After a few weeks, I was ready to assemble the parts. All of the items were sanded smooth and checked to make sure that the parts would fit well. I used water resistant wood glue with brads to hold the parts in place while they dried. Screws were used for attaching the bottom of the car as they would bare the weight of the passengers if they stood up on the car. Careful attention was given to make sure that the surfaces that the trucks would sit on were true and flat. Since the framework was added after the wooden car was built, washers can be used as shims to assure that the bearing surfaces are flat should the car change shape over time.

After painting my prototype riding car, I realized that the club cars would need to be painted with a better paint. I had originally used a latex primer and paint. The paint originally chosen was porch floor paint due to the fact the paint is designed to be walked on and contains a high percentage of solids. The problem that I had was that it took a few weeks to fully cure. Never having any time to let the paint cure, I chose a better system by using Alkyd primer and paint. The primer was applied with a furniture paint sprayer, allowed to dry and then sanded. The next day, the paint was applied and a second coat was applied the following weekend. The Alkyd finish was much nicer than the latex porch paint. The color of the paint was chosen from the blue in our logo and color matched by eye to paint samples. As a final touch, nonskid tape was added to the floor boards to prevent it from being slick when wet.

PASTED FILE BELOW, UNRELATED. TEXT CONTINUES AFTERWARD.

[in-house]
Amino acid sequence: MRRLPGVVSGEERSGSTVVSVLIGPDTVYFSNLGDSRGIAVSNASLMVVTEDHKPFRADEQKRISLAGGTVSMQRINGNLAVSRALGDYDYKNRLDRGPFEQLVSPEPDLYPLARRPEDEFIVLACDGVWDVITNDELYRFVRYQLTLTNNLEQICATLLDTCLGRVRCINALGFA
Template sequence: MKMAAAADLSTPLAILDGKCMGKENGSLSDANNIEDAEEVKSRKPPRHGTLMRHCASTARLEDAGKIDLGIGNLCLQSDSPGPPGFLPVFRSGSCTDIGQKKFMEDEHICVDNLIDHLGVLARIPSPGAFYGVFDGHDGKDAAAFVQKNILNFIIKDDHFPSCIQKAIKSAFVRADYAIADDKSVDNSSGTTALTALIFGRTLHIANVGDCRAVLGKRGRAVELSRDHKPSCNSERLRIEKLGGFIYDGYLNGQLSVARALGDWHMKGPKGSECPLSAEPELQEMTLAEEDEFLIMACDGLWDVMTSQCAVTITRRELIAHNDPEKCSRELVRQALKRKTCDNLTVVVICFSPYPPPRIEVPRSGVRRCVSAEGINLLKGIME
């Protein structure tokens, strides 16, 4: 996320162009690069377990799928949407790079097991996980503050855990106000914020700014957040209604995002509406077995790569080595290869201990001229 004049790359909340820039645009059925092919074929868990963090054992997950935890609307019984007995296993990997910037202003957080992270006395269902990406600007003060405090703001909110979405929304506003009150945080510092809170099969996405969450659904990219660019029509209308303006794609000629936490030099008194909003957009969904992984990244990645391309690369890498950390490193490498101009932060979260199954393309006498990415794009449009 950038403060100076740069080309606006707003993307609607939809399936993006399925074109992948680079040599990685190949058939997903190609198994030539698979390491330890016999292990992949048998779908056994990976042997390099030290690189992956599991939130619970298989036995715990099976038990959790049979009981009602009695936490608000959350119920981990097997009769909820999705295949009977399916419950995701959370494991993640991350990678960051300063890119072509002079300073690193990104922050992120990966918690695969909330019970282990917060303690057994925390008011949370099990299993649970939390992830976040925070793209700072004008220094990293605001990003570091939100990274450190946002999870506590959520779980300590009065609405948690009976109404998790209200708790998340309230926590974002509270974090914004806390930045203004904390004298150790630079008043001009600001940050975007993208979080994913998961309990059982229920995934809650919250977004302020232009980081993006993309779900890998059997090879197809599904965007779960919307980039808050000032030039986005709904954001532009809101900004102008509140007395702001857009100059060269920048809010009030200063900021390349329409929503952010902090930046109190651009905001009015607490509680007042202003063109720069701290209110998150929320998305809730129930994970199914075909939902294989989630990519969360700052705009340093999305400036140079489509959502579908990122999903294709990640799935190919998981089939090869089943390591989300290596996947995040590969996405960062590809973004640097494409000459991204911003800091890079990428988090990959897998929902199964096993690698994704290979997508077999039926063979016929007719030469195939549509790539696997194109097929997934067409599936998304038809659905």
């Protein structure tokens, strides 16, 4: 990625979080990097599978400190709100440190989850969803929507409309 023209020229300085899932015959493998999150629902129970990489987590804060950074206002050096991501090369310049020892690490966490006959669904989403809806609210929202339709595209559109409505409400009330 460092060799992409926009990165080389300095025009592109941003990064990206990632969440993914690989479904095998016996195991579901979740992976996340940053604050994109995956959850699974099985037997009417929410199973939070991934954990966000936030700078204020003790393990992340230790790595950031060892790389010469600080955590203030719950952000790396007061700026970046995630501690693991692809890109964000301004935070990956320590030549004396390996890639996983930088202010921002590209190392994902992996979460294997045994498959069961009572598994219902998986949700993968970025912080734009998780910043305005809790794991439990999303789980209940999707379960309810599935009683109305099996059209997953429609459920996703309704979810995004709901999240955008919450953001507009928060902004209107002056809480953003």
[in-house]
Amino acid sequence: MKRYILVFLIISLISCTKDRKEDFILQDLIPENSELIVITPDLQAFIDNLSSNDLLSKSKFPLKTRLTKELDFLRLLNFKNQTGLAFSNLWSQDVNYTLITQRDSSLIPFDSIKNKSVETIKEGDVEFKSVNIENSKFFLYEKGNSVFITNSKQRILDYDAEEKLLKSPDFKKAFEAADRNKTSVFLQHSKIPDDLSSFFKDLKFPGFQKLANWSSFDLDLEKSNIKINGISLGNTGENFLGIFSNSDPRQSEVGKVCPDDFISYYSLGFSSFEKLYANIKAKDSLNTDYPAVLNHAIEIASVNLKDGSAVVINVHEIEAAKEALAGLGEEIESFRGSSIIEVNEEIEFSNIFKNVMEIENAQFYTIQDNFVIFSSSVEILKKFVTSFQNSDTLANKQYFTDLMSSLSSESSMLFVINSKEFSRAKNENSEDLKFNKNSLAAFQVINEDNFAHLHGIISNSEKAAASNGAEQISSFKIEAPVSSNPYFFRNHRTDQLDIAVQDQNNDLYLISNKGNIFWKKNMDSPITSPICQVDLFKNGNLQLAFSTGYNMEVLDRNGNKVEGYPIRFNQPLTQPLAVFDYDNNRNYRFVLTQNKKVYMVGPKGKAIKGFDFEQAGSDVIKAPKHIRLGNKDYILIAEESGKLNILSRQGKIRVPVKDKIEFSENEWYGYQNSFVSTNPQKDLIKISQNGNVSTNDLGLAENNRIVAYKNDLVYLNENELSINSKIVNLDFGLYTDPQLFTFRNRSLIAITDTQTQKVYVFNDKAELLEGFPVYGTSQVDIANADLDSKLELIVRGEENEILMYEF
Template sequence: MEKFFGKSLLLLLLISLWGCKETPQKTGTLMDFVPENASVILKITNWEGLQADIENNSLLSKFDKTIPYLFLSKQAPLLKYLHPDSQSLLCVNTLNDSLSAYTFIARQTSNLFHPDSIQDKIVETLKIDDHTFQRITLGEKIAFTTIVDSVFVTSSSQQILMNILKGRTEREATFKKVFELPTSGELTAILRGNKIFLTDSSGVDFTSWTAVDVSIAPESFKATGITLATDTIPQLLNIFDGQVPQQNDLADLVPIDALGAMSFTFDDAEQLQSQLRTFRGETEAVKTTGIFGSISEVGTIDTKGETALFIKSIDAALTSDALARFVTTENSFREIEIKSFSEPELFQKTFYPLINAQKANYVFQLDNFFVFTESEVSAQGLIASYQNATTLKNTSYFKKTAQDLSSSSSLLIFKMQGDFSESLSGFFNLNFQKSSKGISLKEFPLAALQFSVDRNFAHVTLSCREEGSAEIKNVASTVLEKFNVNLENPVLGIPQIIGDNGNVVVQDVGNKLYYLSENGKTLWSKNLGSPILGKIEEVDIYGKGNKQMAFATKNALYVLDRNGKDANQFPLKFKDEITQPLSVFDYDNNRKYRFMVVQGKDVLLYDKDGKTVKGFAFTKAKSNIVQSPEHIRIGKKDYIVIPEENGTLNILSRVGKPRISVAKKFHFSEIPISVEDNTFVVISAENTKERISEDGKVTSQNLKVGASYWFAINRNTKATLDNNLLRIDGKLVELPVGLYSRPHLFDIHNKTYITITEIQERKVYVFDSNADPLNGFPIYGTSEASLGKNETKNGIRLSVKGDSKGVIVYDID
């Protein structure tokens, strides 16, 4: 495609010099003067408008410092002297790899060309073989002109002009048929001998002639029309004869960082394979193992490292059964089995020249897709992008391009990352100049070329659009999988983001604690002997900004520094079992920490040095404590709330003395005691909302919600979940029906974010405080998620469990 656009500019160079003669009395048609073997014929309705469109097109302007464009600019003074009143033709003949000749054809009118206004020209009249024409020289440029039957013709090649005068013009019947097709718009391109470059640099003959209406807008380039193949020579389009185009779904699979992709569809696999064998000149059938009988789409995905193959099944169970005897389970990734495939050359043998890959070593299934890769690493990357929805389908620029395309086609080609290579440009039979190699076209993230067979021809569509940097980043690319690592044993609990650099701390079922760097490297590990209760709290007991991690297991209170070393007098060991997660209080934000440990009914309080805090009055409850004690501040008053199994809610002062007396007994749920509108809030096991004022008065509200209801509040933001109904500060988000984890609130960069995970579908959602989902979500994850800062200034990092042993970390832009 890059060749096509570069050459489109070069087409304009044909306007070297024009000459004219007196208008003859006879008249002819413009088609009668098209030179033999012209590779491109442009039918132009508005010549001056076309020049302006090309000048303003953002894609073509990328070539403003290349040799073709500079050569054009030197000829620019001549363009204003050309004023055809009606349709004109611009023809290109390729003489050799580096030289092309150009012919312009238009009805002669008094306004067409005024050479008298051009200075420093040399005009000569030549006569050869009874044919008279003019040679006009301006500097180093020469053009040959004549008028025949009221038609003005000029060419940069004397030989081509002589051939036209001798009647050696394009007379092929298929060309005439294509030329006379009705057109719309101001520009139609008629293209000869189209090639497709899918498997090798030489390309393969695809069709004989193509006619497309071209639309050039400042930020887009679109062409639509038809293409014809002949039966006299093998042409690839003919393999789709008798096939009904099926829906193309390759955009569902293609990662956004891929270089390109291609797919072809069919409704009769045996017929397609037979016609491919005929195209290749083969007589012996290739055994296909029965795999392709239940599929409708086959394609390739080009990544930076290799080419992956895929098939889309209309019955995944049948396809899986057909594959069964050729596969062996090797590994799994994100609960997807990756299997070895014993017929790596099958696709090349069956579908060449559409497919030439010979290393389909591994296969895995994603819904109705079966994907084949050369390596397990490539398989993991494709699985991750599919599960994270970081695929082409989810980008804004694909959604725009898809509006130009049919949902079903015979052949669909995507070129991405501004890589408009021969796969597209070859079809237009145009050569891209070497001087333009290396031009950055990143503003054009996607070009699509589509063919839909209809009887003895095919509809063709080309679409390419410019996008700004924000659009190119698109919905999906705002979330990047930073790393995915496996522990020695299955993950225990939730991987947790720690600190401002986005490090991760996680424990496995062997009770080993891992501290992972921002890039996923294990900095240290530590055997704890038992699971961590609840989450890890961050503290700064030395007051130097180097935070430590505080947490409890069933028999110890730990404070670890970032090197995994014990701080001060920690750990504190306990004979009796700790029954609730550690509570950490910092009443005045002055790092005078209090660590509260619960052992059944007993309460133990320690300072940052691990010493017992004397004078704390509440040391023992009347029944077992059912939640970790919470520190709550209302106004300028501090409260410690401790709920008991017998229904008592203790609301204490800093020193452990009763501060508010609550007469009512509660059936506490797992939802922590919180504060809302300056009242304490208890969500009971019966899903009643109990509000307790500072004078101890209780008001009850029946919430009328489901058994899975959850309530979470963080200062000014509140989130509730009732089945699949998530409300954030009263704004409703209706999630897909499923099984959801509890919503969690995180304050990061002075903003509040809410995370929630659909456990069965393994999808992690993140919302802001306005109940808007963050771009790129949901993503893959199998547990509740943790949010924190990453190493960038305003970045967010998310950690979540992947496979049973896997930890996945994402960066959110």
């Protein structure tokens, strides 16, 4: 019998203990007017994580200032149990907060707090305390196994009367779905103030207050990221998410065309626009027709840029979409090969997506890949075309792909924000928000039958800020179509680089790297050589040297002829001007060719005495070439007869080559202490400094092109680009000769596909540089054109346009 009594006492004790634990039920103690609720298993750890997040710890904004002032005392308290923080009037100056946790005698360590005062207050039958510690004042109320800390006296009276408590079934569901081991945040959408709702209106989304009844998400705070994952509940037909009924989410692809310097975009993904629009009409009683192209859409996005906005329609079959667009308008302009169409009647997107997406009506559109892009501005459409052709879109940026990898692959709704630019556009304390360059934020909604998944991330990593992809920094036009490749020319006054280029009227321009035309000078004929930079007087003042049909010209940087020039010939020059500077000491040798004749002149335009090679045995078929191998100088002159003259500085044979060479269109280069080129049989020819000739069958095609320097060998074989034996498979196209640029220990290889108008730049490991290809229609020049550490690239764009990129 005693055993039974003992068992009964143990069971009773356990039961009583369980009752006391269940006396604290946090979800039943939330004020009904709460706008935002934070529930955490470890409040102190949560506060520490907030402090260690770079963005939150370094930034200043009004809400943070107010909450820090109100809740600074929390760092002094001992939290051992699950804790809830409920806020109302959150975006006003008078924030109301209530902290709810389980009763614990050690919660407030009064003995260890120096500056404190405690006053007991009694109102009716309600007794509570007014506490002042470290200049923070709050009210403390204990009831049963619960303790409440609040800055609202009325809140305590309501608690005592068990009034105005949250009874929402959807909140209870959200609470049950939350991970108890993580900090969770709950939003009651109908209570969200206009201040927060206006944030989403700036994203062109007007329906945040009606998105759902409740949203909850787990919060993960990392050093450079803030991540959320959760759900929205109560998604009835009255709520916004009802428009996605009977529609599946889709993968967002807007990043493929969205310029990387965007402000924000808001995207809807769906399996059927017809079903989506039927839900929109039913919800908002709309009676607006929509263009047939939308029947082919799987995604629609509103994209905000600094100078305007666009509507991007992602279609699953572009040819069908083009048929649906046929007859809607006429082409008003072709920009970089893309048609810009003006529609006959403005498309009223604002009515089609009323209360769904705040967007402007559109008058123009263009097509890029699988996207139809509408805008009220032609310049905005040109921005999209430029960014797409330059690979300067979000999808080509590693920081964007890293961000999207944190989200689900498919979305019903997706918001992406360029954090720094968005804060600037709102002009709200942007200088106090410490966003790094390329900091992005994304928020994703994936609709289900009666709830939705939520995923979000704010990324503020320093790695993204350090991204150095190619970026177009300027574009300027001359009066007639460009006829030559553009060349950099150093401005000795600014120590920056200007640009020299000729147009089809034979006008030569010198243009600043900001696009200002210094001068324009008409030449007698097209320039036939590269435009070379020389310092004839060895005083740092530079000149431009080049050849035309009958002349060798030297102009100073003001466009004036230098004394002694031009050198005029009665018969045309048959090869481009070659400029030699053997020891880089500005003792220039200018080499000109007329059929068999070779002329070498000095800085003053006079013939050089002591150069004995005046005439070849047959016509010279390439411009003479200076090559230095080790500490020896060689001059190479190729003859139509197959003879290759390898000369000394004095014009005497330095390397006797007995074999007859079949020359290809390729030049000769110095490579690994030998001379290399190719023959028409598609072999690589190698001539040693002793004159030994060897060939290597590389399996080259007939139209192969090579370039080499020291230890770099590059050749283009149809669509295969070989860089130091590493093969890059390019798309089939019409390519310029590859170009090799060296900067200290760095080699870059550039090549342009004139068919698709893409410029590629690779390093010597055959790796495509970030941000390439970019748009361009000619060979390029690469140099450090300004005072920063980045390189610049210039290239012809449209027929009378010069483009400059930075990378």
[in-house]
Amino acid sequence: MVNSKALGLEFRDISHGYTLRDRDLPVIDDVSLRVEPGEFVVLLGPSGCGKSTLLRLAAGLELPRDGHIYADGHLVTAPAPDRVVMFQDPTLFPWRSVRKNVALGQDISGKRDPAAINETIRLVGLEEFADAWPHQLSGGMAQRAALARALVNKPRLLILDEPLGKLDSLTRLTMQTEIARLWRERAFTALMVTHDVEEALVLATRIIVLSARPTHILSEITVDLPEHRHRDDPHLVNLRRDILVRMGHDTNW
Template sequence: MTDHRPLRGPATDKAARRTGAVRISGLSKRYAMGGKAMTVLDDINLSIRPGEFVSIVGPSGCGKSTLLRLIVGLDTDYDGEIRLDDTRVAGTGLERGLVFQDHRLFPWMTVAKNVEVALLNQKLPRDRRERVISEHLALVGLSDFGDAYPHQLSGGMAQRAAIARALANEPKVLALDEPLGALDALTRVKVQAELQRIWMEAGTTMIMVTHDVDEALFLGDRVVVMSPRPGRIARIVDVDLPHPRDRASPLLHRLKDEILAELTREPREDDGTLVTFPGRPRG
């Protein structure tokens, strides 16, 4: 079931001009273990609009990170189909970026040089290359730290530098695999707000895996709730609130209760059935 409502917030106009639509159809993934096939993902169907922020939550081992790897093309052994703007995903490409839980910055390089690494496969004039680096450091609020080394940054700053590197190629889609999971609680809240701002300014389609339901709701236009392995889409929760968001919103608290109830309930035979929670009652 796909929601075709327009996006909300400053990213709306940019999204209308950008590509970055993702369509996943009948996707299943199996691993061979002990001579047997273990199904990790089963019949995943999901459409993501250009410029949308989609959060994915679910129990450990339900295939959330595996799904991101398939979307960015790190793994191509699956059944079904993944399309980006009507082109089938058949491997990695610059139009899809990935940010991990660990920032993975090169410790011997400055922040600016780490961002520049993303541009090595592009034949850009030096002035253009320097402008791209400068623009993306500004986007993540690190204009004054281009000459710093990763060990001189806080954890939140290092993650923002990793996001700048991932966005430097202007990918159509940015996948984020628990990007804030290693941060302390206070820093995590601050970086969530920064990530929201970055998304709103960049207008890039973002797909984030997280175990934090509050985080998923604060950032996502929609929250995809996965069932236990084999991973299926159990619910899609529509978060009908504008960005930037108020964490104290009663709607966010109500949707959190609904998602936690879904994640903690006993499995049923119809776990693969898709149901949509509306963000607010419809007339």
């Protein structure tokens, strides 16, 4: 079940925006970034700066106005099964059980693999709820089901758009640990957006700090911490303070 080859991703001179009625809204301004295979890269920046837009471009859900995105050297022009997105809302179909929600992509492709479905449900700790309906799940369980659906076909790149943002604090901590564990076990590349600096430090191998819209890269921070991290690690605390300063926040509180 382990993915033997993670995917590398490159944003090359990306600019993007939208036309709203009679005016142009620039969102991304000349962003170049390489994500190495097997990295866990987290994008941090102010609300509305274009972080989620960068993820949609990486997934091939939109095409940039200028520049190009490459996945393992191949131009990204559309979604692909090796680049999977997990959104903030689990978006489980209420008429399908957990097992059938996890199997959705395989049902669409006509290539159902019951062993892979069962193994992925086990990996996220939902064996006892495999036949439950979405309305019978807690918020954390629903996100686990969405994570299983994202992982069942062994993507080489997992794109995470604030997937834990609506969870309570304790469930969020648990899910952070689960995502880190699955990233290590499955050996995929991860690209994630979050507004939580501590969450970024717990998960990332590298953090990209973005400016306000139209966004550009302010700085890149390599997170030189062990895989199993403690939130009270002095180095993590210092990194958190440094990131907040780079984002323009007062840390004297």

The steel framework was then added to the cars and the cars were then loaded for transport to the railroad. Once at the railroad, the trucks, couplers and safety chains were added to the cars. They were immediately placed in use as there were quite a few guests that day.

I have learned more about the riding cars since I build them. The cars are relatively lightweight due to the plywood construction. This combined with stiff heavy duty trucks pose a problem on uneven track when without passengers. The eight foot riding cars are long cars and these cars will find the uneven track on your railroad when five foot cars will not. If placed in a long train without anyone riding them, they do have a tendency to derail more often than shorter cars.



The original purpose for the riding car was to transport my family while visiting the railroad. It serves this purpose well but with a gondola and flat car also being pulled, my locomotive was starting to have traction issues on the steeper grades. This caused me to design and build another locomotive, but that is another article for another day.

Written by Stephen Wassell


For plans to build this car, please refer to Live Steam & Outdoor Railroading Magazine.


Visitor Notes

John Beck writes: "Stephen may be able to solve his derailment problems by putting a 1/16 in. thick fender washer under one truck on one end of each car. Also, pins to limit truck rotation so when they derail the trucks stay within 15 or 20 degrees of parallel to the track are important, this keeps a derailed car from making a sharp 'left' or 'right' turn off the right of way before the train gets stopped. Also, it reduces the chance of a sideways truck snagging something before stopped, and tearing up the truck, track or car."


the end